Statement by the Humanitarian Coordinator in Yemen, Jamie McGoldrick, on the Impact of the Conflict and Ongoing Food Crisis [EN/AR]
Sana'a, 21 February 2017
Sana'a, 21 February 2017 I am deeply concerned with the escalation of conflict and militarization of Yemen’s Western Coast. It is coming at a great cost to civilians.
Increased fighting along the Western Coast which is effectively limiting the flow of life-saving commodities, including food staples, into Al Hudaydah Port is aggravating an already terrible humanitarian situation in Yemen. Over 17 million people are currently unable to adequately feed themselves and are frequently forced to skip meals - women and girls eat the least and last. Seven million Yeminis do not know where their next meal will come from and are ever closer to starvation.
For almost two months, conflict has escalated from the ground, air and sea in the Dhubab and Al Mukha areas in Taizz Governorate. Scores of civilians have been either killed or forced to flee from their homes. Airstrikes have destroyed or damaged critical roads and bridges across Al Hudaydah Governorate. Unexploded rockets have also landed inside the Al Hudaydah Port, reducing even further the number of ships and imports. Only a limited number of shipping companies now use the port, with vessels being forced to redirect their shipments, including humanitarian supplies, to Aden.
Yet, the Aden Port does not have the required capacity or infrastructure to accommodate Yemen’s import demands. Furthermore, the transport of goods from Aden to the rest of the country is not guaranteed given the additional costs, blocked or damaged roads, lack of fuel, and ongoing conflict.
The availability of food in markets and the food pipeline are at imminent risk. We are witnessing food shortages, rising food and fuel prices, disruptions to agricultural production, and plummeting purchasing power, especially brought about by the lack of salary payments in the public sector for over six months. Given that the country is 80-90 per cent dependent on imported food staples; I am compelled to raise the alarm. If left unabated, these factors combined could accelerate the onset of famine.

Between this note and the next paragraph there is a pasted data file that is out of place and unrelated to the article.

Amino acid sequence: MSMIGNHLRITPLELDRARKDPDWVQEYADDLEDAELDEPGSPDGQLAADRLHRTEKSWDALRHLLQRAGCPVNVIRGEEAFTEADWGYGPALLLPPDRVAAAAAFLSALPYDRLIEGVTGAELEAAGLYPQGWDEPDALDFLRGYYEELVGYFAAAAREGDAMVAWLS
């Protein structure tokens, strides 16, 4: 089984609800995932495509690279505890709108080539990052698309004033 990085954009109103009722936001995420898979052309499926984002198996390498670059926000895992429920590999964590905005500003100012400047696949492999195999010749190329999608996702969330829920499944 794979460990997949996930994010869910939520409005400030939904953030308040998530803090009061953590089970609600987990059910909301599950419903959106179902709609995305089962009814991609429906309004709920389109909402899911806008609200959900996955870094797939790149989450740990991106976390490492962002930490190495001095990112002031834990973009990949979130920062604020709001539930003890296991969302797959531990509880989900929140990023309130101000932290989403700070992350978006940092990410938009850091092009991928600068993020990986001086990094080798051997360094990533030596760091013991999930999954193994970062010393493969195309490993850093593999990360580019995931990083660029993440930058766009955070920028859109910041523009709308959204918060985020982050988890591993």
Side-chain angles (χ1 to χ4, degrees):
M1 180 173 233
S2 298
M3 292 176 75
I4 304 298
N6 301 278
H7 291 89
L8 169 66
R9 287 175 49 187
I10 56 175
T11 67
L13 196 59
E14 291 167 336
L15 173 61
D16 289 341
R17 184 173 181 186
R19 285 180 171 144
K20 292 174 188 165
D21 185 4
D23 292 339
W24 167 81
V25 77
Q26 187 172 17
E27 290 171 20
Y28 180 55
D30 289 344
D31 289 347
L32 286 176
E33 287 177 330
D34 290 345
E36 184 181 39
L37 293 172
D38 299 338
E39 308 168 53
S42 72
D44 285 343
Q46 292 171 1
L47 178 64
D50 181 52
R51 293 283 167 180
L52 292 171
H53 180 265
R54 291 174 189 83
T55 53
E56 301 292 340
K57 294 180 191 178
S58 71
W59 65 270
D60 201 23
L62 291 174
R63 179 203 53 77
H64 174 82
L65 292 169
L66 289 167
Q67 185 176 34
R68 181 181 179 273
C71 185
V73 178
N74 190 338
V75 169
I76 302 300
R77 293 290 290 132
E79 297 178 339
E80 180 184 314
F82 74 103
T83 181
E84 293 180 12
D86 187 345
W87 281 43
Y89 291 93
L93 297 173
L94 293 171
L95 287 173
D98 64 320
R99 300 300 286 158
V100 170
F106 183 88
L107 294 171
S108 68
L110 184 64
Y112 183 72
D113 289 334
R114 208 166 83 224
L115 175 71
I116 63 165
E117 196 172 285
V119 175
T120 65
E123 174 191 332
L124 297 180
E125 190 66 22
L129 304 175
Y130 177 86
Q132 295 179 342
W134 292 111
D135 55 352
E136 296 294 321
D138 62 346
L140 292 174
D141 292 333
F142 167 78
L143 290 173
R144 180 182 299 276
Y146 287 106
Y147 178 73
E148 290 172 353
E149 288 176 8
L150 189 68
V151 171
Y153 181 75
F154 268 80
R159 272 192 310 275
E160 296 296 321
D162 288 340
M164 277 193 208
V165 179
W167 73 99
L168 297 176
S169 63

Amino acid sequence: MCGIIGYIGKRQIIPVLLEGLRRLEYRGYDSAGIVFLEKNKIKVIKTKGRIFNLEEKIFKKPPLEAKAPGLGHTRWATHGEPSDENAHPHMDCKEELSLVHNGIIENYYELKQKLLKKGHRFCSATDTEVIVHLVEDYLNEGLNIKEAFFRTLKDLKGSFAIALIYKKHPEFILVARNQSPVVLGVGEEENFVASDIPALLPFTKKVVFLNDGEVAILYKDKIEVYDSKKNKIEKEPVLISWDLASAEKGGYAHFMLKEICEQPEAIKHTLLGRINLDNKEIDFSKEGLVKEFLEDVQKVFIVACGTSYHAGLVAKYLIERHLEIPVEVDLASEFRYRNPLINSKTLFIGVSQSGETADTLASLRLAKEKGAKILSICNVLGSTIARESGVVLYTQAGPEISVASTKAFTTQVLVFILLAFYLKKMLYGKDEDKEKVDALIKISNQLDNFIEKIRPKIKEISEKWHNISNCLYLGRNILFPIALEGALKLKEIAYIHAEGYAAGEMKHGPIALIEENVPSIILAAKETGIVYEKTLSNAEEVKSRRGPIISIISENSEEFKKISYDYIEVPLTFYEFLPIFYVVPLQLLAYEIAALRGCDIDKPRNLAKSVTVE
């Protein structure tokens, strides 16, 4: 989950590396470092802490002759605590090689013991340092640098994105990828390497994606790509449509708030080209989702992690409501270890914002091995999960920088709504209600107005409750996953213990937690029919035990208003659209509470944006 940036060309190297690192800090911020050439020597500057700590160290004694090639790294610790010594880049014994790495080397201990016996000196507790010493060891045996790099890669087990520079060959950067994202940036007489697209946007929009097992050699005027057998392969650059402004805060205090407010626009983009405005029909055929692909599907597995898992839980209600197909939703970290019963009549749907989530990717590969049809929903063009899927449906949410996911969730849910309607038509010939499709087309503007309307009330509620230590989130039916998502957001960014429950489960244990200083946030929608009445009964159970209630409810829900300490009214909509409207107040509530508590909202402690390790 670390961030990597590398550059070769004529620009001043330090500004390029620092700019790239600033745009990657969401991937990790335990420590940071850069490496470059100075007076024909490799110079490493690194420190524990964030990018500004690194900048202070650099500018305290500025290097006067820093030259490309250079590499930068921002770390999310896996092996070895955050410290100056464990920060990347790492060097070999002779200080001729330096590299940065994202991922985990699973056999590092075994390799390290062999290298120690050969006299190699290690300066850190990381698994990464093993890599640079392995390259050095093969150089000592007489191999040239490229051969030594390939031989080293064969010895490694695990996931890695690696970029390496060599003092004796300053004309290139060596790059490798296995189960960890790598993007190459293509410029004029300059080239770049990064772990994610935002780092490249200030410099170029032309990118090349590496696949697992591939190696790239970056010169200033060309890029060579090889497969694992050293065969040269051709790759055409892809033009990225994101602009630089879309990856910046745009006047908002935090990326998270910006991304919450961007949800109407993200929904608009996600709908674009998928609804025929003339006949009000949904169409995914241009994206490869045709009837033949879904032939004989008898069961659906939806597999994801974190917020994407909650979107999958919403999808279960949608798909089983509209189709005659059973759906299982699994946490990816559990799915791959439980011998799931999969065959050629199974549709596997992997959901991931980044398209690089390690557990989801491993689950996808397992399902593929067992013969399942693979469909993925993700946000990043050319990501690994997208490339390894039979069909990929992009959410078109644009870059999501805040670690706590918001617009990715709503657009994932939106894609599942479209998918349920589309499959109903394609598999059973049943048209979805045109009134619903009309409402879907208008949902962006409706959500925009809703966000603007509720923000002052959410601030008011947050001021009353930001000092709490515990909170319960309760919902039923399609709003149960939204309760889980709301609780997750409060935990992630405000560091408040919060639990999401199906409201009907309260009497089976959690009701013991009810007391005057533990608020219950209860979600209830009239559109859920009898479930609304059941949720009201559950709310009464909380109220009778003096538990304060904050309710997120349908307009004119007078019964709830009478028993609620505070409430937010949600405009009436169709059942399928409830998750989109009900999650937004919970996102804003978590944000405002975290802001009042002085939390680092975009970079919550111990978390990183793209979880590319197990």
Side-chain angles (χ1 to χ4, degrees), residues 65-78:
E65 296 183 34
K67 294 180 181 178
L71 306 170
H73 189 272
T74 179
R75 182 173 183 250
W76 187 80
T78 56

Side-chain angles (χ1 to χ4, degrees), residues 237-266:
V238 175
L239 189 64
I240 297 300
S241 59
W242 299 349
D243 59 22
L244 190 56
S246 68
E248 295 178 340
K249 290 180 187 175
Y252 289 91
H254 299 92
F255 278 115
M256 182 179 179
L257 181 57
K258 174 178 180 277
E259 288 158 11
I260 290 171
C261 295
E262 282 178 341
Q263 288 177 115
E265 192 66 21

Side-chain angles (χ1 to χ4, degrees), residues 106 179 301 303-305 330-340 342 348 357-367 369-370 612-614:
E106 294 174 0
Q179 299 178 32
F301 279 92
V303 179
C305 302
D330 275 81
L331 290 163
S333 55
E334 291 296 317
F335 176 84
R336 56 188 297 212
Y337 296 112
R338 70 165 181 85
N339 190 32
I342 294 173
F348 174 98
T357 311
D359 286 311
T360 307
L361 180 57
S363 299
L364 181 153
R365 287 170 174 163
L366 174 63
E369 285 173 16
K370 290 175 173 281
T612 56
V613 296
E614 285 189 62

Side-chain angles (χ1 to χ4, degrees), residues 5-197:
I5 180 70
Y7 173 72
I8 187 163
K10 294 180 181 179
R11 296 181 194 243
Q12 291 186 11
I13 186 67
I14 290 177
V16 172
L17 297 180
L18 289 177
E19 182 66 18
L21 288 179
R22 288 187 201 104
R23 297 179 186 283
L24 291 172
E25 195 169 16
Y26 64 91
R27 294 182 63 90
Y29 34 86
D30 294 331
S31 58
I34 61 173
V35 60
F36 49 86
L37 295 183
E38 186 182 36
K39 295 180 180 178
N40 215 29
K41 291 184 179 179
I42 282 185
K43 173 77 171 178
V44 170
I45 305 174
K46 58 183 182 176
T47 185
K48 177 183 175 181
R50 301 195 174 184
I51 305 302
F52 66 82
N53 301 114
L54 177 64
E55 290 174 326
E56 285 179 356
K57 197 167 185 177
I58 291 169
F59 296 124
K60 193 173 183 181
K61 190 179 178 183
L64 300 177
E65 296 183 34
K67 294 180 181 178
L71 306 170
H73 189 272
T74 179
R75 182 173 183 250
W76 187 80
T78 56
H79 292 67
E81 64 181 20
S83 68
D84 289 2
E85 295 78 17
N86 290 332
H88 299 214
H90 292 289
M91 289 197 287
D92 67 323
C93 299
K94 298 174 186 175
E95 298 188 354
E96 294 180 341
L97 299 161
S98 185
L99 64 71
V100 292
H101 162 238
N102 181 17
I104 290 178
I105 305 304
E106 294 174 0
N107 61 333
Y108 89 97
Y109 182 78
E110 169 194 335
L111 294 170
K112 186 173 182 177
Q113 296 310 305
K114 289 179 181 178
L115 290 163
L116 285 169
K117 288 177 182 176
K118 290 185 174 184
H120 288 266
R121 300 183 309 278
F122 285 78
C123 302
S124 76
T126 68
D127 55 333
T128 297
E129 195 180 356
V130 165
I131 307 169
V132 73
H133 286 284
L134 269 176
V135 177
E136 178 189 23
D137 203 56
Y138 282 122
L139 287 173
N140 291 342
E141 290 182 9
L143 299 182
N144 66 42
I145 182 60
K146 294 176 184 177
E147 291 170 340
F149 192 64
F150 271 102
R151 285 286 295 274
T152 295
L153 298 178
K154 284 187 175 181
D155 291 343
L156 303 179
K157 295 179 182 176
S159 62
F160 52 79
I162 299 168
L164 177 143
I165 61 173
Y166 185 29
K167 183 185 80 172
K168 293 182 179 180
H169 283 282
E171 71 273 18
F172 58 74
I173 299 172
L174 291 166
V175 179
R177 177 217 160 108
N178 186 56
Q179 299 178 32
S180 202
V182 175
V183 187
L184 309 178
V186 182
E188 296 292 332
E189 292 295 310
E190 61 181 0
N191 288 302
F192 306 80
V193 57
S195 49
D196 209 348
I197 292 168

Humanitarian partners are working hard to prevent the suffering of hundreds of thousands of children from crippling malnutrition, which could stunt a generation if not confronted now. Close to half a million children are prioritized for assistance; a nearly 200 per cent increase since 2014. Yet, despite all the efforts, humanitarians cannot replace a functioning commercial sector.
The inhumanity of using the economy or food as a means to wage war is unacceptable and is against international humanitarian law. I urgently call on all parties to the conflict and on those that have influence over the parties to facilitate the rapid entry of critical life-saving food staples into all Yemeni ports; to refrain from or not contribute to the damage and destruction of critical infrastructure required to transport food staples throughout the country; and to find or support a way to pay public sector salaries so that the needy can purchase what is available.
The best means to prevent famine in Yemen is for weapons to fall silent across the country and for the parties to the conflict to return to the negotiating table. The international community must also assume its responsibility and provide the needed funds to enable a timely and principled humanitarian response. The people of Yemen are counting on it.
For further information, please contact:
George Khoury, Head of OCHA Yemen, firstname.lastname@example.org, Tel +967 712 222 207 Zaid Al Alayaa, Information Officer OCHA Yemen, email@example.com, Tel. +967 2222 835 Jessica J. Jordan, Head of Communication (OIC), firstname.lastname@example.org, Tel. +962 79867 4617 OCHA press releases are available at www.unocha.org or www.reliefweb.int
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